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use them, one must, I think, be struck more and more, the longer one lives, to find how much, in our present society, a man's life of each day depends for its solidity and value on whether he reads during that day, and, far more still, on what he reads during it. More and more he who examines himself will find the difference it makes to him, at the end of any given day, whether or no he has pursued his avocations throughout it without reading at all; and whether or no, having read something, he has read the newspapers only. This, however, is a matter for each man's private conscience and experience. If a man without books or reading, or reading nothing but his letters and the newspapers, gets nevertheless a fresh and free play of the best thoughts upon his stock notions and habits, he has got culture. He has got that for which we prize and recommend culture; he has got that which at the present moment we seek culture that it may give us. This inward operation is the very life and essence of culture, as we conceive it.

Nevertheless, it is not easy so to frame one's discourse concerning the operation of culture, as to avoid giving frequent occasion to a misunderstanding whereby the essential inwardness of the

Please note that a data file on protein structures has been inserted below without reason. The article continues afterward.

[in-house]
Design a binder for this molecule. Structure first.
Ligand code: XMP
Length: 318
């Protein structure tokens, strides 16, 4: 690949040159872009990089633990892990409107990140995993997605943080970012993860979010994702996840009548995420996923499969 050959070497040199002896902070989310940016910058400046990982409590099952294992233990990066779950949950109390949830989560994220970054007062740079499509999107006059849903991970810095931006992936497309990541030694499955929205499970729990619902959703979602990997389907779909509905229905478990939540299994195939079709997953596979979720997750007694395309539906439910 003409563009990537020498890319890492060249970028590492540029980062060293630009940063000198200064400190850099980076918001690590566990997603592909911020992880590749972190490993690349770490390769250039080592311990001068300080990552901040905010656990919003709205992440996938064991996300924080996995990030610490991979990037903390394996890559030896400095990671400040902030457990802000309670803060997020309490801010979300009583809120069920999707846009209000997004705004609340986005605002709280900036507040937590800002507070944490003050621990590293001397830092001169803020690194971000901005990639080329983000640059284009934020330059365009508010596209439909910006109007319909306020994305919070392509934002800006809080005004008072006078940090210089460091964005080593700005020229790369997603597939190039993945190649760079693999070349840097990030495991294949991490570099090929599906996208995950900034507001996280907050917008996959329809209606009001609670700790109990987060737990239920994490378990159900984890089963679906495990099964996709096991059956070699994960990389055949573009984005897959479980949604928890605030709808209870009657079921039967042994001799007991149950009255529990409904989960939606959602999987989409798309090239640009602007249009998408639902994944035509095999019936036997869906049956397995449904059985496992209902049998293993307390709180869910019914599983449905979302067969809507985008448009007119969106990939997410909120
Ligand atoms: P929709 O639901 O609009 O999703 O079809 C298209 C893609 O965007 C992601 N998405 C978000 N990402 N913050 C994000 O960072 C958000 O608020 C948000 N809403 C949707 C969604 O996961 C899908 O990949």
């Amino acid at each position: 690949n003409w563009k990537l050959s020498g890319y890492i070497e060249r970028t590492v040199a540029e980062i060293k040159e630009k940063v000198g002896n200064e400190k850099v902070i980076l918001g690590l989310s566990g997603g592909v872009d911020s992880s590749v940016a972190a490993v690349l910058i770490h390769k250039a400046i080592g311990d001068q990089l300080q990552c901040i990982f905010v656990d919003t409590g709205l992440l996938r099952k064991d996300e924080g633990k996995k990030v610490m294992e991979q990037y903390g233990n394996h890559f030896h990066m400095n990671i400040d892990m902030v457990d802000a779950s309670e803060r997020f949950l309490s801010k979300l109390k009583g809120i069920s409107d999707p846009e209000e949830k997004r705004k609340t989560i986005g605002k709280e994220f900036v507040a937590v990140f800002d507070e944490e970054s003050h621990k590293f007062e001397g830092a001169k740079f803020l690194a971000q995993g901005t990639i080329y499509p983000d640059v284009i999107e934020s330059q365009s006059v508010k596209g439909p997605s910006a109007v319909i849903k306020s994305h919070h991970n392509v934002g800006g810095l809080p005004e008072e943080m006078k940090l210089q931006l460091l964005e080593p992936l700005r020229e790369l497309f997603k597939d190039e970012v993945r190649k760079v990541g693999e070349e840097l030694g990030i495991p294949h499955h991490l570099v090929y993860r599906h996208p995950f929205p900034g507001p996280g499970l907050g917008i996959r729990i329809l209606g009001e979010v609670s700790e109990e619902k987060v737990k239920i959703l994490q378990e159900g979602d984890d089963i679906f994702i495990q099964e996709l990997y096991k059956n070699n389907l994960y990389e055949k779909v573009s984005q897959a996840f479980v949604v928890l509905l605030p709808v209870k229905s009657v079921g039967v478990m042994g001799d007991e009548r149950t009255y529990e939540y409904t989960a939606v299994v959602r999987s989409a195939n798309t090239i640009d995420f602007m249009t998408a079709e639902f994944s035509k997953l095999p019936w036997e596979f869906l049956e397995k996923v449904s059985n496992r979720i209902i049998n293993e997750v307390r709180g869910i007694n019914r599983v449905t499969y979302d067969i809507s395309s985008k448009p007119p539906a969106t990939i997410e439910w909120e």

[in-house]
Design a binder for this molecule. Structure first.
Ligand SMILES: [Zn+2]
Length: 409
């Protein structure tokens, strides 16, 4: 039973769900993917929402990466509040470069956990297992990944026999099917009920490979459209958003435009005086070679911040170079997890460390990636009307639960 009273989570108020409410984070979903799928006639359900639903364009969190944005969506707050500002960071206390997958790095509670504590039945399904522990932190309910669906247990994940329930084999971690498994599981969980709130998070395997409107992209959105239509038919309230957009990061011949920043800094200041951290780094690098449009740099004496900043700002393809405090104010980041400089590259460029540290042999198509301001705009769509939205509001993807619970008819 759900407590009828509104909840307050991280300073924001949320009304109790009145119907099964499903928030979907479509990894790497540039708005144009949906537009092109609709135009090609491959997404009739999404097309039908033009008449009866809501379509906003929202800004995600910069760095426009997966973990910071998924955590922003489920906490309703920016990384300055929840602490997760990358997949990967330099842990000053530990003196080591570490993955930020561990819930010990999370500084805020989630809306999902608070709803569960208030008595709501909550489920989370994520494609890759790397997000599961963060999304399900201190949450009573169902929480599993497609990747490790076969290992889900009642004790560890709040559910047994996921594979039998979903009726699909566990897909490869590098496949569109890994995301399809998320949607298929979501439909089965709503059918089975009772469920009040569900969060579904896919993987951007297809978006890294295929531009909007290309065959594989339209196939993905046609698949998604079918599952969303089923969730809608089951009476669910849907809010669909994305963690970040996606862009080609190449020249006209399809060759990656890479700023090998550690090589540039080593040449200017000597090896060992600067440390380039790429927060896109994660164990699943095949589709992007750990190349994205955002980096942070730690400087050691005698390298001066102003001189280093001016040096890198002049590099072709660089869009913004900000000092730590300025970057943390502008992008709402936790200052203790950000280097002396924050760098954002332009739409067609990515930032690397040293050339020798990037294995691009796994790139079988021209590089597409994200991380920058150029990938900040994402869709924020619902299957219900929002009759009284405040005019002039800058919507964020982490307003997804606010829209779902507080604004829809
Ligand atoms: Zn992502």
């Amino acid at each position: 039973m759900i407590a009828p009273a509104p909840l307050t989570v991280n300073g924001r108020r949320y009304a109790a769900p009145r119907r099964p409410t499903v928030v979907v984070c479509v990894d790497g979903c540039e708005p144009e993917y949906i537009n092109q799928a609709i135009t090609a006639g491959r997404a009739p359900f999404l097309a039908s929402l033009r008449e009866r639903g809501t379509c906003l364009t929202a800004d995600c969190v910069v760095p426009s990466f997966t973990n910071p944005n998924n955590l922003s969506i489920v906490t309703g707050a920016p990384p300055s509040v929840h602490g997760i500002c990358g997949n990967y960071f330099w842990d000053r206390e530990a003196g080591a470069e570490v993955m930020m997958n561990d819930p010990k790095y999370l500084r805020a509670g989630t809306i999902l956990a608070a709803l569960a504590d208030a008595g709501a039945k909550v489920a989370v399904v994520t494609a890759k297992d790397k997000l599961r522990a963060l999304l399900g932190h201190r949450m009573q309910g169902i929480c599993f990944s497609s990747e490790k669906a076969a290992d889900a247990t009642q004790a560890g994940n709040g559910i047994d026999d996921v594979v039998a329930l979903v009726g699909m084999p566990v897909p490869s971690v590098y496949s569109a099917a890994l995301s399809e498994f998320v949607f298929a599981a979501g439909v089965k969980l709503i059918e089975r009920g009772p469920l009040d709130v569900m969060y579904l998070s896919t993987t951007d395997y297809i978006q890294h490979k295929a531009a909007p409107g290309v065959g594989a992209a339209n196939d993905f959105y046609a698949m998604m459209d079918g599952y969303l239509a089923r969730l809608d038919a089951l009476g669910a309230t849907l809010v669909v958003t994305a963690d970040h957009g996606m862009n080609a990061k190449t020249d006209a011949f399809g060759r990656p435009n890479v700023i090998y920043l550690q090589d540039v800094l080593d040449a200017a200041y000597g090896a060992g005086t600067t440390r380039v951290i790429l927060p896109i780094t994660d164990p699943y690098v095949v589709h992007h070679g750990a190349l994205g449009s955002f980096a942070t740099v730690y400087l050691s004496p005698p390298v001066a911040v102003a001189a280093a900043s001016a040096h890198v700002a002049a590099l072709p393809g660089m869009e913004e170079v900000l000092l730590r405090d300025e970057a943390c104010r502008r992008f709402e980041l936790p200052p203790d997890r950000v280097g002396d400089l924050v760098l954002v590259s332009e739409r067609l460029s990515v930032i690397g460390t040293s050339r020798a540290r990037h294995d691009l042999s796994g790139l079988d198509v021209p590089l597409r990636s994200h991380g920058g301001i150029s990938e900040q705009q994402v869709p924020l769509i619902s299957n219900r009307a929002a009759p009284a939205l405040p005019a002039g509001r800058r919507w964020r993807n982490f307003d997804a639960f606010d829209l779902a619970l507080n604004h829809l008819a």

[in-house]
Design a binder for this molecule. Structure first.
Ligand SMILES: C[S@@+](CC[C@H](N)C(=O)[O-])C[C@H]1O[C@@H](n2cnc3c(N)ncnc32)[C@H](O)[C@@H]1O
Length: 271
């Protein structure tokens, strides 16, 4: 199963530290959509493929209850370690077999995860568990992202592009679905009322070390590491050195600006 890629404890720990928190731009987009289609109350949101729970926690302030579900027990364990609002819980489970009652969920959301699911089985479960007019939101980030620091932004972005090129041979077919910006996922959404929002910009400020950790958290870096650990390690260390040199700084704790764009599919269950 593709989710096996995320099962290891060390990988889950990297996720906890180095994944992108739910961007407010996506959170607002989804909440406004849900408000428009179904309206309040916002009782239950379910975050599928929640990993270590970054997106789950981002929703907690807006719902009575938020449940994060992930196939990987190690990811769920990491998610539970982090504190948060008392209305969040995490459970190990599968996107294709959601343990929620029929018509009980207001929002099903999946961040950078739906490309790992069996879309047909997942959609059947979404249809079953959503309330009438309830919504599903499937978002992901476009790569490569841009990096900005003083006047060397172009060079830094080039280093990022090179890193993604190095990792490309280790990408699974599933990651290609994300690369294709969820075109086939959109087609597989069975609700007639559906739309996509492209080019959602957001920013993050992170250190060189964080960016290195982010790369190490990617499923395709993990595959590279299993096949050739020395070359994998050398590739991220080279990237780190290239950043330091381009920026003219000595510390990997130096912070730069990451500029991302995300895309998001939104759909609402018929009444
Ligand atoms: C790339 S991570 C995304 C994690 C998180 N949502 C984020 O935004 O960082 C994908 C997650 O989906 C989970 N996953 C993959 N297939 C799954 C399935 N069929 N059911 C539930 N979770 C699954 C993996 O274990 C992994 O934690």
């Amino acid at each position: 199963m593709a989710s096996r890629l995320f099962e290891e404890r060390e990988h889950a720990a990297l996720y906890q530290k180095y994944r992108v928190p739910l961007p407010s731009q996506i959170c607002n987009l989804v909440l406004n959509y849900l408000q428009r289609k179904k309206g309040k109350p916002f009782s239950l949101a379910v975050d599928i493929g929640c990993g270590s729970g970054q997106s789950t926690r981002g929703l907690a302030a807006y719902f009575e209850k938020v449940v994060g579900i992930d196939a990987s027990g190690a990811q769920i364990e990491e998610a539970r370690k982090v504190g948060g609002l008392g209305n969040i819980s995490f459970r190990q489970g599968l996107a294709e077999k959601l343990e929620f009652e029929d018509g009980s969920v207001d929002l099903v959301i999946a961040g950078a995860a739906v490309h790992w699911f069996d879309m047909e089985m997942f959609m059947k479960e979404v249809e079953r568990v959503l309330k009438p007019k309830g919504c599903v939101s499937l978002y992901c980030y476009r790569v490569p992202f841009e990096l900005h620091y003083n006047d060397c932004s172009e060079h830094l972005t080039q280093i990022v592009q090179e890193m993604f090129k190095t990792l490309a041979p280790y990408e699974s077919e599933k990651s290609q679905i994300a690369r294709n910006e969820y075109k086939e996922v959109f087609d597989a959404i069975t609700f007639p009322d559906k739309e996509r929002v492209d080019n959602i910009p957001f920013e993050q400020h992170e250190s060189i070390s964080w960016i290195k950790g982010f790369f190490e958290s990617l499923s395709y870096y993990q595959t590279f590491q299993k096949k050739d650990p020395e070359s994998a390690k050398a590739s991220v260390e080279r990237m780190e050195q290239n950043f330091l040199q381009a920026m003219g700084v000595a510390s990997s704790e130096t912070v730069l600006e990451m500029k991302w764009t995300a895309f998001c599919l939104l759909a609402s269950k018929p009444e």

operation is lost sight of. We are supposed, when we criticise by the help of culture some imperfect doing or other, to have in our eye some well-known rival plan of doing, which we want to serve and recommend. Thus, for instance, because I have freely pointed out the dangers and inconveniences to which our literature is exposed in the absence of any centre of taste and authority like the French Academy, it is constantly said that I want to introduce here in England an institution like the French Academy. I have indeed expressly declared that I wanted no such thing; but let us notice how it is just our worship of machinery, and of external doing, which leads to this charge being brought; and how the inwardness of culture makes us seize, for watching and cure, the faults to which our want of an Academy inclines us, and yet prevents us from trusting to an arm of flesh, as the Puritans say, -from blindly flying to this outward machinery of an Academy, in order to help ourselves. For the very same culture and free inward play of thought which shows us how the Corinthian style, or the whimsies about the One Primeval Language, are generated and strengthened in the absence of an